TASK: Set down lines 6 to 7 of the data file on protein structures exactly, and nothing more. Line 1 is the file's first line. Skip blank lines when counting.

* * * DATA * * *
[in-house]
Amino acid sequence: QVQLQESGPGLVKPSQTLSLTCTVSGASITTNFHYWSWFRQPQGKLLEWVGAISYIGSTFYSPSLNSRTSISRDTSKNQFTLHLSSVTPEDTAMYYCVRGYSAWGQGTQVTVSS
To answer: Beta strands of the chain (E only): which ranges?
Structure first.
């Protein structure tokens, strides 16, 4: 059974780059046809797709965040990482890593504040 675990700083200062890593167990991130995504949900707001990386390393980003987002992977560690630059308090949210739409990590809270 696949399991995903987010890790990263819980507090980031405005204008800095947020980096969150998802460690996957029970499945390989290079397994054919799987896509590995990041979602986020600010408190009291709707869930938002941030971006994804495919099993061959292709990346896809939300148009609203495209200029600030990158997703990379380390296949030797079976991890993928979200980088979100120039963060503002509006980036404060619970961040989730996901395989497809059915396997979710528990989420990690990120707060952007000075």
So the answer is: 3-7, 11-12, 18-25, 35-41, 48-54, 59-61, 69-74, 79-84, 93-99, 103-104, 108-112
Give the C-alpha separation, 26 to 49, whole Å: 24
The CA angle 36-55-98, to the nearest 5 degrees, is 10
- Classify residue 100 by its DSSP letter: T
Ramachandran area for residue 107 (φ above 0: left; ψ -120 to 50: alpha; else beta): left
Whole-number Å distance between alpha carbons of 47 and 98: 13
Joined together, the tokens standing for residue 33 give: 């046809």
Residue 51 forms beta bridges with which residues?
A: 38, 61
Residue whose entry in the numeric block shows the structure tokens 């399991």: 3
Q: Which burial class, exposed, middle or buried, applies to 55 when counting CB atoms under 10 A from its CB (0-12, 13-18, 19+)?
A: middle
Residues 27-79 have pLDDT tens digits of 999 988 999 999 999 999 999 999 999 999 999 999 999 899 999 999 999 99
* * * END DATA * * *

So the answer is: 3-7, 11-12, 18-25, 35-41, 48-54, 59-61, 69-74, 79-84, 93-99, 103-104, 108-112
Give the C-alpha separation, 26 to 49, whole Å: 24